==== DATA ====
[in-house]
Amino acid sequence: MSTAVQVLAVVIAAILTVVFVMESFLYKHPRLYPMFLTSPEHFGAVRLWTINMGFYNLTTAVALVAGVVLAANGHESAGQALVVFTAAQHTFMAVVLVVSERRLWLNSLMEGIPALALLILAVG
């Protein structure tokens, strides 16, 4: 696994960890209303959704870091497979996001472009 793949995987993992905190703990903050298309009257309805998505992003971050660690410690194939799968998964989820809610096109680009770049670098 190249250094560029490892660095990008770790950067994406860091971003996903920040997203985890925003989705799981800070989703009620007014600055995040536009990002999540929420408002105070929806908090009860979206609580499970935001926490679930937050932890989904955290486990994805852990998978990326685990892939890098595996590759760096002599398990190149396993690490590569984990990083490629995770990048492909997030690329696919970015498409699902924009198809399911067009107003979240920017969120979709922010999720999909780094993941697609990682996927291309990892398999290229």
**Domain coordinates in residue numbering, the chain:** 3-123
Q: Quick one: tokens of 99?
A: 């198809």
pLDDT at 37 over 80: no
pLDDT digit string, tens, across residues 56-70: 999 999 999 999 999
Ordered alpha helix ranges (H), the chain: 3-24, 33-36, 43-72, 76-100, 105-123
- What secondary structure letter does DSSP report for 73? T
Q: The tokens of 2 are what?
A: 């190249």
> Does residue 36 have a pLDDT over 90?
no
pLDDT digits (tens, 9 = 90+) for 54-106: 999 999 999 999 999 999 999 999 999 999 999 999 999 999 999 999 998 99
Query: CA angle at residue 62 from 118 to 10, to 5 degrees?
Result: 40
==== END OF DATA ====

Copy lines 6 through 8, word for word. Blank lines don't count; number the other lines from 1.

A: 């198809």
pLDDT at 37 over 80: no
pLDDT digit string, tens, across residues 56-70: 999 999 999 999 999